Development of a Tack Coat Quality Control Program for Mitigating Delamination in Asphalt Pavement Layers

The importance of proper bonding at the asphalt concrete (AC) layer interface cannot be overemphasized when discussing the performance of AC pavements. A strong bond between the layers is critical to dissipate shear stress throughout the entire pavement structure. In contrast, insufficient bonding may cause slippage and debonding between the asphalt layers. To mitigate the debonding distress, the type, quantity, and quality of the tack coat materials that are applied between asphalt layers need to be addressed properly. Research at North Carolina State University (NCSU) under the HWY-2014-03 project has led to the development of a device known as the Tack Lifter. The Tack Lifter is used for measuring the tack coat application rate, the residual tack coat application rate, and the effective tack coat rate (which indicates the tack coat that is not absorbed by the pavement surface). The Tack Lifter represents an important step forward in the development of a tack coat quality control (QC) program; however, it is necessary to determine the minimum required tack coat application rate in order for the Tack Lifter to be used as an effective QC device. The NCDOT HWY-2013-04 project is another important research project undertaken at NCSU that focused on mitigating the debonding distress. Work in this project determined the critical shear stress under moving loads and developed relationships between the interlayer shear strength of layered AC with unmilled surfaces and the bitumen bond strength (BBS) of tack coat materials. The analytical and experimental methodologies developed under the HWY-2013-04 project should be extended to milled pavement surfaces, which are a very common type of pavement surface where asphalt overlay is applied. The primary objective of the proposed research is to develop a comprehensive tack coat QC program to mitigate the debonding distress in asphalt pavements using the Tack Lifter and the methodologies developed under the HWY-2013-04 project. This QC program will include minimum application rates possibly for different tack coat materials, the minimum required BBS for tack coat materials, a laboratory test procedure to determine the BBS of tack coats, and visual inspection guidelines for the qualitative evaluation of existing pavement surfaces and tack coat materials. The implementation of an effective tack coat QC program will lead to improved monitoring of pavement construction and to the verification of pavement layer bond strength in two ways. First, combining a laboratory test to verify the quality of the tack coat material and a field test to check the proper residual tack coat application rate will ensure adequate bond strength between the pavement layers. Second, ensuring adequate bond strength will reduce the occurrence of premature distresses, thereby leading to savings in pavement maintenance and rehabilitation costs in the long term.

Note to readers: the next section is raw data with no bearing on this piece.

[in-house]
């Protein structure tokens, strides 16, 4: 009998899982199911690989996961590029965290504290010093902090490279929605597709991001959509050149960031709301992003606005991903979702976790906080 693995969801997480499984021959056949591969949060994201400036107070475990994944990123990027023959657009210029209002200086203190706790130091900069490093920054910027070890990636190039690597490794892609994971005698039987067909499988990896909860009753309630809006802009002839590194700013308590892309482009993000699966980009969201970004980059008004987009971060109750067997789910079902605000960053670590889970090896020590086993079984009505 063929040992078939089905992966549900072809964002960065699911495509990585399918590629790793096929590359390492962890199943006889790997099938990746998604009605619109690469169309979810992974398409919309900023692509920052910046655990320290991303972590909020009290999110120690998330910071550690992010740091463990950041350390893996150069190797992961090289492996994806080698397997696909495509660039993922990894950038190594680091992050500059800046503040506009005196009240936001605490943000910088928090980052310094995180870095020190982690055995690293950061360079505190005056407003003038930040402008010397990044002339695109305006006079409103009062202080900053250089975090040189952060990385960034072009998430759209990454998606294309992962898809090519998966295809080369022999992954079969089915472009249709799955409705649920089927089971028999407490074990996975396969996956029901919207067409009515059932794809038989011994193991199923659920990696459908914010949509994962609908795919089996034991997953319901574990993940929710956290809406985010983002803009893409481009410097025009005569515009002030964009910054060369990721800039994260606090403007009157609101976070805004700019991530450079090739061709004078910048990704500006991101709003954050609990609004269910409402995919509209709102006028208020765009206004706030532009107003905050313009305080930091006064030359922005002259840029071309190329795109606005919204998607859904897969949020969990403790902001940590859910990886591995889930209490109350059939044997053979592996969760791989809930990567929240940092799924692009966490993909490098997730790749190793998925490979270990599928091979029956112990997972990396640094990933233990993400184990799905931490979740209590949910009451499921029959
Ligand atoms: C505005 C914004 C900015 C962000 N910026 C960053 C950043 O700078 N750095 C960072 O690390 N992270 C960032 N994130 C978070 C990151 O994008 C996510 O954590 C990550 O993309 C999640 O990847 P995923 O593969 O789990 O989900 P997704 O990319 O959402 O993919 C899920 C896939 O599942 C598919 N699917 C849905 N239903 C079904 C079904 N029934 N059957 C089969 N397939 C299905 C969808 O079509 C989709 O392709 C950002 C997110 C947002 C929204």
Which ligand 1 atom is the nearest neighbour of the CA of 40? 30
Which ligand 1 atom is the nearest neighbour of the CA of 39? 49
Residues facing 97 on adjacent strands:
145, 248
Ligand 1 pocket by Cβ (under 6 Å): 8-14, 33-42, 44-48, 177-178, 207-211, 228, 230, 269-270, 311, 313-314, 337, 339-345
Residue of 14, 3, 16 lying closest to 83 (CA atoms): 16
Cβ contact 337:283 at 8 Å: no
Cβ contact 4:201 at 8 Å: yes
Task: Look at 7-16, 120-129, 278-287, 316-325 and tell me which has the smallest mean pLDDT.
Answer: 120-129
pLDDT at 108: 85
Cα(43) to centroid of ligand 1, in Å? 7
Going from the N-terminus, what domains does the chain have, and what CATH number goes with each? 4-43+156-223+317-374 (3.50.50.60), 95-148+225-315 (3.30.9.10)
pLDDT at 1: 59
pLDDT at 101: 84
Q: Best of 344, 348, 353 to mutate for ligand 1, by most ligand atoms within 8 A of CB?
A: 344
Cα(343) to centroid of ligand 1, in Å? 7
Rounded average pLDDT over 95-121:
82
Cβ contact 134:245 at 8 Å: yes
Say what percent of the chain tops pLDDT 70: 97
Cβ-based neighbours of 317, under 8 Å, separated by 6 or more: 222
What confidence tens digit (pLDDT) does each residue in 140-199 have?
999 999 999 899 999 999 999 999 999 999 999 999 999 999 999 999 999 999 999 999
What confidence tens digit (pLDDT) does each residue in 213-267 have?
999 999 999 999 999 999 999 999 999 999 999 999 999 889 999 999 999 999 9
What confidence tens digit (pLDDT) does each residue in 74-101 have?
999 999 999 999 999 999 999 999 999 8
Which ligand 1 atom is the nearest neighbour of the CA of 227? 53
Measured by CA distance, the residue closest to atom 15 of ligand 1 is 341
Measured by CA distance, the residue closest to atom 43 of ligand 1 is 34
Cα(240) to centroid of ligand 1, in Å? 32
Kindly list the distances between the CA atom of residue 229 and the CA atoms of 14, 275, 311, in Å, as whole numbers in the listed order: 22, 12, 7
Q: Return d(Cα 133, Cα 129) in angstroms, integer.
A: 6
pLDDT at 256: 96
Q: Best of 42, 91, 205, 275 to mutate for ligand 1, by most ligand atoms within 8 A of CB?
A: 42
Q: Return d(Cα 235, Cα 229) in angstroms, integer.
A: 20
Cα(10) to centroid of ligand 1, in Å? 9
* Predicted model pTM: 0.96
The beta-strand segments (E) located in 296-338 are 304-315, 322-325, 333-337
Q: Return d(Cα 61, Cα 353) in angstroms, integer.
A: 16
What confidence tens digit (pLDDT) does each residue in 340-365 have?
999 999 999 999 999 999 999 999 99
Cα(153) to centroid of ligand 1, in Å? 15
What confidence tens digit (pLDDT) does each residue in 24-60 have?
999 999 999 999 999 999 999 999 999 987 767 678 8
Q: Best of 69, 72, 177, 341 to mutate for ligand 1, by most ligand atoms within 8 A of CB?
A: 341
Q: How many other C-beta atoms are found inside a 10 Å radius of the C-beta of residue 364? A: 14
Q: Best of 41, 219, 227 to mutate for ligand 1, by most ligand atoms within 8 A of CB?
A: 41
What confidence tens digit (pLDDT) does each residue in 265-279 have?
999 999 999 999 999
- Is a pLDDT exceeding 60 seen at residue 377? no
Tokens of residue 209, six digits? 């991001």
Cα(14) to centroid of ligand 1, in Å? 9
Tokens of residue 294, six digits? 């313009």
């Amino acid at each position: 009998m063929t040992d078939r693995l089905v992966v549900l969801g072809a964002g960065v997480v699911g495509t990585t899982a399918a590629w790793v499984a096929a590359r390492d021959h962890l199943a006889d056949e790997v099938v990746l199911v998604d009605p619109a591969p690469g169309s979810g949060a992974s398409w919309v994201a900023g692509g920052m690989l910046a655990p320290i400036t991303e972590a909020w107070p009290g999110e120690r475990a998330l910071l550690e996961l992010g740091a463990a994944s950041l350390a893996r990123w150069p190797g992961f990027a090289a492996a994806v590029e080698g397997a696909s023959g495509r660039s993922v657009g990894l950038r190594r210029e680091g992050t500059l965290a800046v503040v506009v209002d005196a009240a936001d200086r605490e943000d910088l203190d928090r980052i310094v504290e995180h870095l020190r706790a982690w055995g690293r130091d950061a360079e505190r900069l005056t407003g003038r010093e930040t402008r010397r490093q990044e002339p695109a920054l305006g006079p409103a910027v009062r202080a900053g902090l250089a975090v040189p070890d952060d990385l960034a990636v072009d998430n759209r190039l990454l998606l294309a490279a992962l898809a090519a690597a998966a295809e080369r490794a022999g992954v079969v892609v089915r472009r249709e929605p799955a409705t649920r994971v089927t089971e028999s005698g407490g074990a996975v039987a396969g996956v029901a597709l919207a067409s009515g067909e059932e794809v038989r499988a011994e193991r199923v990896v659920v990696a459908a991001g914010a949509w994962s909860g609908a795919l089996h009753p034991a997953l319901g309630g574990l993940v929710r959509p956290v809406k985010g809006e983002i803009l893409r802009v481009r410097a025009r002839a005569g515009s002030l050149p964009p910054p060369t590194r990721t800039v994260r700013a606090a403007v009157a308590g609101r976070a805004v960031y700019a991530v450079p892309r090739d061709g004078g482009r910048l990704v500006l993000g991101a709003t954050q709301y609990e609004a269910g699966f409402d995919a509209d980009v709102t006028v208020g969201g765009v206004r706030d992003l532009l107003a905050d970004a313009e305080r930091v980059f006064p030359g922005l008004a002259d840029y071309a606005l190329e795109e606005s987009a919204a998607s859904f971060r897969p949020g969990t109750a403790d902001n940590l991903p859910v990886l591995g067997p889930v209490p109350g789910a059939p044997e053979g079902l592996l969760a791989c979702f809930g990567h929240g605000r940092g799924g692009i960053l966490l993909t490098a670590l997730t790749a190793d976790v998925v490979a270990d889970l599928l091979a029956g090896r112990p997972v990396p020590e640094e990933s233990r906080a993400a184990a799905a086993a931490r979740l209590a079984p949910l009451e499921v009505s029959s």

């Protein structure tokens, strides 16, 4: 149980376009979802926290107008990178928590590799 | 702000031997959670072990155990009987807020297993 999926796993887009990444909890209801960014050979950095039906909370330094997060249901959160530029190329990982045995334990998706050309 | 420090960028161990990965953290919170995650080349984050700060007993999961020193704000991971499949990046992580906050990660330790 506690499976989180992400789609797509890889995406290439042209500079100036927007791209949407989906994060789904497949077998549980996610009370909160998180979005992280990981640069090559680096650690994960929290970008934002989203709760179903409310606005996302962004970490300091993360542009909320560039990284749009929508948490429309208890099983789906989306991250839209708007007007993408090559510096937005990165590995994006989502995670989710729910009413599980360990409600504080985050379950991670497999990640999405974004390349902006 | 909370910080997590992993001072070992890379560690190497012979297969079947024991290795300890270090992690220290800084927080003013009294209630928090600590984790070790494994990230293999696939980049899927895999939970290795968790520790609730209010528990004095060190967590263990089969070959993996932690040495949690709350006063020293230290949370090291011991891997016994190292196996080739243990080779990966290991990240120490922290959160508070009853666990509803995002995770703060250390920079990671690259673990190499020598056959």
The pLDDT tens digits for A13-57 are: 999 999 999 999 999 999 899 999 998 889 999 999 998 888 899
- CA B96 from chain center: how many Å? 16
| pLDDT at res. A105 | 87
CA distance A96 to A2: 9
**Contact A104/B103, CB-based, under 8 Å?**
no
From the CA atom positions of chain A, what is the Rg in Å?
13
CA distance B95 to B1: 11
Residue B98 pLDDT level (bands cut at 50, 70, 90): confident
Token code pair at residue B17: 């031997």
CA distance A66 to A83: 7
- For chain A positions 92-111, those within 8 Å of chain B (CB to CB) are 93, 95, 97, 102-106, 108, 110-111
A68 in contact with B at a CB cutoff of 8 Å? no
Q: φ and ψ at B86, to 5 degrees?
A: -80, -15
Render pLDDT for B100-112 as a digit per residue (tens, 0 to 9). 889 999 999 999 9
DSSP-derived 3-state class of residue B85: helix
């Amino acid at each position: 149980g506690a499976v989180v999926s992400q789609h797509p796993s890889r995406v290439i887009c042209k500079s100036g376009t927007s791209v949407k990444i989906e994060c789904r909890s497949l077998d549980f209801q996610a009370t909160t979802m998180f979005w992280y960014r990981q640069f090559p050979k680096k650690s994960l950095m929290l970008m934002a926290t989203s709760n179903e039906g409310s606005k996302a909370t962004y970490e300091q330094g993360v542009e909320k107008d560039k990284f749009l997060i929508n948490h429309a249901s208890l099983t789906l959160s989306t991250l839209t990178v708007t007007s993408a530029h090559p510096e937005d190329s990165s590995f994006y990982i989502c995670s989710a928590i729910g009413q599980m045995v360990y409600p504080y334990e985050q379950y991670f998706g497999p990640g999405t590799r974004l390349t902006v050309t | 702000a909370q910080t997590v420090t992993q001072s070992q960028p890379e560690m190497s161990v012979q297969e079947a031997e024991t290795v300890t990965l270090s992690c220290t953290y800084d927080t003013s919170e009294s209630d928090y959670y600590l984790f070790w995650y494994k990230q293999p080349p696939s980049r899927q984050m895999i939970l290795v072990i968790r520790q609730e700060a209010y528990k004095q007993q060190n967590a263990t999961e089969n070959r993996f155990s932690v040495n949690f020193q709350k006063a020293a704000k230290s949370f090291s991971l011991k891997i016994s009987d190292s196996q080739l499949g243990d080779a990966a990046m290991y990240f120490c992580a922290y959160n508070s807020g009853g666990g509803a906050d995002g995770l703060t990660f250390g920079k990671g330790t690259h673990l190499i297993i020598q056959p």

Language

  • English

Project

  • Status: Active
  • Funding: $311127
  • Contract Numbers:

    2018-13

  • Sponsor Organizations:

    North Carolina Department of Transportation

    Research and Development
    1549 Mail Service Center
    Raleigh, NC  United States  27699-1549
  • Project Managers:

    Kadibhai, Mustansir

  • Performing Organizations:

    North Carolina State University

    Department of Civil Engineering, Campus Box 7908
    Raleigh, NC  United States  27695-7908
  • Principal Investigators:

    Kim, Y

  • Start Date: 20170801
  • Expected Completion Date: 0
  • Actual Completion Date: 20190731
  • Source Data: RiP Project 41773

Subject/Index Terms

Filing Info

  • Accession Number: 01641214
  • Record Type: Research project
  • Source Agency: North Carolina Department of Transportation
  • Contract Numbers: 2018-13
  • Files: RiP, STATEDOT
  • Created Date: Jul 19 2017 1:01AM